• Reputable breeders will also have questions for you. If it’s super easy to adopt a puppy, chances are you aren’t purchasing from someone reputable. Reputable breeders have waitlists, ask questions about your home and family, and don’t give puppies to just anyone!

Never meet in a neutral location, purchase from a pet store, or order a dog online without visiting the home.

If your breeder refuses to answer questions, show veterinary paperwork, or shows other red flags, be ready to walk away.

It can be tempting to “rescue” a puppy from a breeder, but this actually causes more damage. If breeders cannot sell puppies, they typically end up in a shelter or with a rescue, leading to them finding homes without the breeder profiting.

If someone buys from the breeder in an attempt to save the puppies from poor conditions, this, unfortunately, funds further abuse and will allow them to continue breeding and profiting.

Rottweiler (Canis familiaris) - running through field

A Serbian Rottweiler’s sloped back and short snout can cause health concerns, including joint problems and difficulty breathing.


Serbian Rottweiler vs German Rottweiler: Health

Any Rottweiler can have health problems, just like any dog! There’s no way to ensure complete health. However, when adopting from a breeder, it’s vital to adopt from someone who health tests the parent dogs.

It’s also important not to adopt dogs bred to be unhealthy, which Serbian lines often are. Quality breeding is the number one way to lengthen a puppy’s lifespan.

All Rottweilers are predisposed to the following, though some conditions can be avoided through reputable breeding:

  • Hip and elbow dysplasia: Large dogs are prone to hip and elbow dysplasia, though a reputable breeder will screen for these conditions.
  • Arthritis: Most dogs develop arthritis by 8 years old. Large dogs and Rottweilers, in particular, are more predisposed than smaller breeds.
  • Juvenile Laryngeal Paralysis & Polyneuropathy (JLPP): This condition is handed down by both parent dogs and is screened for by reputable breeders. It’s only seen in a handful of breeds, Rotts included.
  • Heart problems

Serbian Rottweiler Health

Serbian lines, in particular, may see health concerns due to inbreeding. They also frequently have sloped backs, leading to an irregular gait (or the dog not walking as usual) and worsened joint problems, particularly late in life. This is especially bad because Rotties are already large dogs, predisposing them to joint issues and arthritis.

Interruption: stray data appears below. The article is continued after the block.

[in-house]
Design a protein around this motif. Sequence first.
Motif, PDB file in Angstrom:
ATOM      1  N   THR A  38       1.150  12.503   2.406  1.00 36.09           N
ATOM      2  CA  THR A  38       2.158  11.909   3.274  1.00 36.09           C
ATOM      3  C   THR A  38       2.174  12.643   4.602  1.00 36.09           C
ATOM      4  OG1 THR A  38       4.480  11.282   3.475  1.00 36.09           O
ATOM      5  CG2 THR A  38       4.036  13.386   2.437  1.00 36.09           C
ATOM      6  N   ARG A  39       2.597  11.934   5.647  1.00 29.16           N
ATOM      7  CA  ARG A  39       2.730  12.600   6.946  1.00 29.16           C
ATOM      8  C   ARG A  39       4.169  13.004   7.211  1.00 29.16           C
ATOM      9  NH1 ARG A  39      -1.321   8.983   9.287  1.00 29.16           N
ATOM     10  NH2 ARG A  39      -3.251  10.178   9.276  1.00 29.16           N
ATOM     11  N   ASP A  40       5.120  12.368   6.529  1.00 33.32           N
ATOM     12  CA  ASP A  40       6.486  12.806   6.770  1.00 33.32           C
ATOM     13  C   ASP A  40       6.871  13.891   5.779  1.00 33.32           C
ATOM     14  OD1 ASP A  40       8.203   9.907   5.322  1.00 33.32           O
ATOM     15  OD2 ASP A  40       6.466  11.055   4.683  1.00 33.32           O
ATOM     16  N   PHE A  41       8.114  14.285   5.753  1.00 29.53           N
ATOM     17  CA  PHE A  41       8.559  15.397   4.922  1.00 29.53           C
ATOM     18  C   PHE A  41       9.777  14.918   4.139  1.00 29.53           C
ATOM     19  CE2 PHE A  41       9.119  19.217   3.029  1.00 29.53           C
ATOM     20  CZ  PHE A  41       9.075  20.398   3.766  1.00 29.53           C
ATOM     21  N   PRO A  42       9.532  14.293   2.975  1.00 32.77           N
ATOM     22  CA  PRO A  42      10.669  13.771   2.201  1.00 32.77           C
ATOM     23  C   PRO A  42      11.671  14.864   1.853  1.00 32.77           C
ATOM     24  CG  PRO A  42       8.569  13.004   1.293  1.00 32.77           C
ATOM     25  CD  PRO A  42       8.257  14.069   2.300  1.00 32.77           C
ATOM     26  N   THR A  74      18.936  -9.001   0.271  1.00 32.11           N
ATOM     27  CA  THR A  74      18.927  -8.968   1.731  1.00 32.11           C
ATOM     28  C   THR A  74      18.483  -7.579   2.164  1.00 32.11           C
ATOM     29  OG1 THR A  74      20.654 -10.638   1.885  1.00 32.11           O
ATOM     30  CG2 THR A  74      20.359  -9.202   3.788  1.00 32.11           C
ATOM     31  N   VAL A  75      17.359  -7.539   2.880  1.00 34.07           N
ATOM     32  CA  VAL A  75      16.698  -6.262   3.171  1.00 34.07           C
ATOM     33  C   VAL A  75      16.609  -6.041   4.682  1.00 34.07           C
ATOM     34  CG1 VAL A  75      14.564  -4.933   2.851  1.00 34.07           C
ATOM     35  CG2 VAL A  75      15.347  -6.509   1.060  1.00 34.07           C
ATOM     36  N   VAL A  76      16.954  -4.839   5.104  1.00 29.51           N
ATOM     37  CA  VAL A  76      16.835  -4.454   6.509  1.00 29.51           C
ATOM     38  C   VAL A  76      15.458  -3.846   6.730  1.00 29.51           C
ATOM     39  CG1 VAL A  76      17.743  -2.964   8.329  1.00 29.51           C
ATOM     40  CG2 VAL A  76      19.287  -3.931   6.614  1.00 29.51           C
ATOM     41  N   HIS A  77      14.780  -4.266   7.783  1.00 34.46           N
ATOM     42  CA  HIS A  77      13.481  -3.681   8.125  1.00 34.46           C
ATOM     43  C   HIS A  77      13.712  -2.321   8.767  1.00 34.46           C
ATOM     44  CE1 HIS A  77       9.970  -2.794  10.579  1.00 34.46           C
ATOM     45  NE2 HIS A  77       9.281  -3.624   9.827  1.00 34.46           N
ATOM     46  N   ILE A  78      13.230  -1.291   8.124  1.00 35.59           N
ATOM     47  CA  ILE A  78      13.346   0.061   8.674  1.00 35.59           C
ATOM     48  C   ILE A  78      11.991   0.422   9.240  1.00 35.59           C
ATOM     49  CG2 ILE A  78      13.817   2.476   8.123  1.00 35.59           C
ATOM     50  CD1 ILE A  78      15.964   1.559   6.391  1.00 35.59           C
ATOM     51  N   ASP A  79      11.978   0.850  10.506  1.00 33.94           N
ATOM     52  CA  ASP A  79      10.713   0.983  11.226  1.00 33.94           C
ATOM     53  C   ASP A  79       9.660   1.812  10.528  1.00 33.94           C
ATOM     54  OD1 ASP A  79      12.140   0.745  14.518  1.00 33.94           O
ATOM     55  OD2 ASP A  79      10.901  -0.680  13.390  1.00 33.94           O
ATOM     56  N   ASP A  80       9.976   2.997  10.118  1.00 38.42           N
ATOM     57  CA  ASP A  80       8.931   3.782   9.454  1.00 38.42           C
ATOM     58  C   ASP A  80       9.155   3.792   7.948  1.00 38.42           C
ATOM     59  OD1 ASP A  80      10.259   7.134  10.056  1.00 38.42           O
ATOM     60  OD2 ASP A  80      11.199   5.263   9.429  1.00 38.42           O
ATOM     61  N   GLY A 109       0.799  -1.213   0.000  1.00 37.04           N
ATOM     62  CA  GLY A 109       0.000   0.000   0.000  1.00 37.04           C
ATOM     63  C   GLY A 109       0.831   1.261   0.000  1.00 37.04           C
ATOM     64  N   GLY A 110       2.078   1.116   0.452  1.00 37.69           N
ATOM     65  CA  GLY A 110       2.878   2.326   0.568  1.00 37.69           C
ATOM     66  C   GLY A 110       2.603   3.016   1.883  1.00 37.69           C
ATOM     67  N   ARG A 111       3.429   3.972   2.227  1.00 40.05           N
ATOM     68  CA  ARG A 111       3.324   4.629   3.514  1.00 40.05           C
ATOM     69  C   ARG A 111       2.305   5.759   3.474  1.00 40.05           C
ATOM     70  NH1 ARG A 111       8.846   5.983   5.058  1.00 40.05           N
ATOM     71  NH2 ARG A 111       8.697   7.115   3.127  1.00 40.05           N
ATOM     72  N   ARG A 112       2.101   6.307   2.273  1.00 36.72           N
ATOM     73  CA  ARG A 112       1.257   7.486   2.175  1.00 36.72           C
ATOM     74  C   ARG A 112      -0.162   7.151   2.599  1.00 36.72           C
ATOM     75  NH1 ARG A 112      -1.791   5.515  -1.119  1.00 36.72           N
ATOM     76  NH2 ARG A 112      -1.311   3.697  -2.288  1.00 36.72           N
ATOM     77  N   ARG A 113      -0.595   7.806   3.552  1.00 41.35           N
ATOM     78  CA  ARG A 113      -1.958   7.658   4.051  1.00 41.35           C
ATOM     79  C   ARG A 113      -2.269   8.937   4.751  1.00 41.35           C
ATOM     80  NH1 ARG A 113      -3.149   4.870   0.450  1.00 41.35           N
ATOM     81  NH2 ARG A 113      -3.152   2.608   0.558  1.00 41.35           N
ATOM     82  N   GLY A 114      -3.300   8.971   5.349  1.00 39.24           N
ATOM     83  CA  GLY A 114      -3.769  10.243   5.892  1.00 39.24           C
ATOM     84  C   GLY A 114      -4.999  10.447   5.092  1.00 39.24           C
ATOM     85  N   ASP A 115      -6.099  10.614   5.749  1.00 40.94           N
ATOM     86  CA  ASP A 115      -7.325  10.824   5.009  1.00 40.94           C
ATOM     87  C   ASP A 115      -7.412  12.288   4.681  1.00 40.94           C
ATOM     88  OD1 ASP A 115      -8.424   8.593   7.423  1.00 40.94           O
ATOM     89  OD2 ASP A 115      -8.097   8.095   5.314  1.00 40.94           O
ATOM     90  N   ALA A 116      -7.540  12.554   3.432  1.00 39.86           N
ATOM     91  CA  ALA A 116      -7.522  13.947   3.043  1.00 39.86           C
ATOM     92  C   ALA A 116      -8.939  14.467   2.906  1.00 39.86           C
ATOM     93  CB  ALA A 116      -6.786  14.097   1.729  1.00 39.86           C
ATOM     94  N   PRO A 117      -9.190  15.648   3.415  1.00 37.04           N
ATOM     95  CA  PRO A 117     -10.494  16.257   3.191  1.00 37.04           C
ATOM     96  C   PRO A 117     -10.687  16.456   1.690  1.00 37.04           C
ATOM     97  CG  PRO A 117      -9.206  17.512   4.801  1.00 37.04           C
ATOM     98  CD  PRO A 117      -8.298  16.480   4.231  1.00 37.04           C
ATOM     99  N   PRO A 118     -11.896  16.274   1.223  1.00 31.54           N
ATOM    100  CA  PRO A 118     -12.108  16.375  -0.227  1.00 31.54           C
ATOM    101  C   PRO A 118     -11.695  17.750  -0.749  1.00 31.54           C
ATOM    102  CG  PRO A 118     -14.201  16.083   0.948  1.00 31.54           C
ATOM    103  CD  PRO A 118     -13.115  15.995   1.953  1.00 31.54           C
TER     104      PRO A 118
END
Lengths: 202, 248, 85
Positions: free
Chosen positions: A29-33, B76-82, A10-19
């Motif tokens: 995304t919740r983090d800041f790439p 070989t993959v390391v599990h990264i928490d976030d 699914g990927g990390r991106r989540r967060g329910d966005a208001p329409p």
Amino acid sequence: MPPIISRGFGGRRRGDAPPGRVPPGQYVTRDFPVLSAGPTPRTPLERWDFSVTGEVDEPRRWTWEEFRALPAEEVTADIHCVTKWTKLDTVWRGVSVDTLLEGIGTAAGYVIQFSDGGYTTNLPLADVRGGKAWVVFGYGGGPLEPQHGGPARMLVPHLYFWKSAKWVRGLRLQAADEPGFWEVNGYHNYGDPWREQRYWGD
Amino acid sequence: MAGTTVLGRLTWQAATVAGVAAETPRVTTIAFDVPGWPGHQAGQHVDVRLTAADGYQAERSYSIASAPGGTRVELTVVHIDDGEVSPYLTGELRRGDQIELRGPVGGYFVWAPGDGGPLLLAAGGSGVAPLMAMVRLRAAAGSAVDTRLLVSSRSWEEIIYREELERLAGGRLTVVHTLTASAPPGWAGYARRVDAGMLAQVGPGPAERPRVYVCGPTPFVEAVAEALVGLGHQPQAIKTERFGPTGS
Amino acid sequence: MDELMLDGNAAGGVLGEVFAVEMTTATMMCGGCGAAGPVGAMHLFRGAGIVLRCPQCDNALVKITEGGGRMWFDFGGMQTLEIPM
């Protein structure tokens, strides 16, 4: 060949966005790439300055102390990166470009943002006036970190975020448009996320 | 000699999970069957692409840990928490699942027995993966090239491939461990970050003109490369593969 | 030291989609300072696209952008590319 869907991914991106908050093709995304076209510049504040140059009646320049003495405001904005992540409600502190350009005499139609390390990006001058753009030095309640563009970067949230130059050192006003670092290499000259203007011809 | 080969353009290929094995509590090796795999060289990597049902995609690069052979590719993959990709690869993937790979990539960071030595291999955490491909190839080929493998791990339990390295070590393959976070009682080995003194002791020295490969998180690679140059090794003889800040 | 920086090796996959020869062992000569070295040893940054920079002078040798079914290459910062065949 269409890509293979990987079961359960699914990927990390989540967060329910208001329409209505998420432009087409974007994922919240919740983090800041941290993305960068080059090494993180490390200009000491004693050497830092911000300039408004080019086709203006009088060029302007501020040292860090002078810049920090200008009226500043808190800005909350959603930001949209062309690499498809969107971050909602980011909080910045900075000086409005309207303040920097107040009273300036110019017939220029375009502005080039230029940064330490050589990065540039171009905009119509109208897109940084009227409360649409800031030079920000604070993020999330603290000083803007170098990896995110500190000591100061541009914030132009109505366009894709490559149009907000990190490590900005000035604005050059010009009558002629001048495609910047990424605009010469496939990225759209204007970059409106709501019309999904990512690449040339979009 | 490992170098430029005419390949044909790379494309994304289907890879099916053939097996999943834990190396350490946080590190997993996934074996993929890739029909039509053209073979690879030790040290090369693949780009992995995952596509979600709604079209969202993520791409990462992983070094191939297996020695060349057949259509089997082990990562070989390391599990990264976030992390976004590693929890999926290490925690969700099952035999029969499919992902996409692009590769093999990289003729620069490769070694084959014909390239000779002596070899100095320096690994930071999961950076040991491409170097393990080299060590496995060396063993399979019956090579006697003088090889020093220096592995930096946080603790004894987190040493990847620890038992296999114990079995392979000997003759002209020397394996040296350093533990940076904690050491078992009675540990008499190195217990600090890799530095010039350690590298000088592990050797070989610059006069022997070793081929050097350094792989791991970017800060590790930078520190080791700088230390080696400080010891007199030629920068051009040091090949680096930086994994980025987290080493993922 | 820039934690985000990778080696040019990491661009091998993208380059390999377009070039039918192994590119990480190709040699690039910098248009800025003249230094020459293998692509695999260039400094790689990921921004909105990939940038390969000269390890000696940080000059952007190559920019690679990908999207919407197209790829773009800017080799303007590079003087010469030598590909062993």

Serbian Rotts are also often brachycephalic. This means they’re bred to have short snouts, leading to breathing difficulties, exercise intolerance, eye conditions, teeth problems, and more.

Brachycephalic breeds are also more prone to heat stroke than longer-snouted dogs. Combined with the large size and dark fur of Rottweilers, they may be very heat intolerant.

Rottweilers are very energetic dogs that require plenty of daily exercises. Sadly, however, brachycephalic snouts can make this difficult. They may suffer breathing difficulties or heat stroke during strenuous exercise or in the heat.

To put it plainly, these poorly-bred pups will struggle to live their lives daily and follow the instincts that were originally bred into them.

Serbian Rottweiler vs German Rottweiler: Country of Origin

It’s easy to think that Serbian Rottweilers must originate from Serbia and German Rottweilers from Germany. However, it’s not quite so simple. 

When we trace the Rottweiler breed back, all of these pups have German roots. So, what’s the difference between these dogs?

It’s not their origin or their birthplace. Instead, it has to do with lineage.

German Rottweilers tend to have a better pedigree and healthier ancestry. Reputable German breeders follow strict breed guidelines as set by the ADRK.

Serbian Rottweilers have ancestry brought to Serbia and often, though not always, poorly bred.

There are also American and other European lines. Often, American breeders will seek German Rottweilers to better the health of their lines, and American people may seek to adopt puppies from German lines.

However, these dogs don’t become American Rottweilers by being brought into the United States! This is because they still have German lineage going back generations.

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About the Author

Katelynn Sobus is a writer at A-Z Animals where her primary focus is on pets including dogs, cats, and exotics. She has been writing about pet care for over five years. Katelynn currently lives in Michigan with her seven senior rescue cats.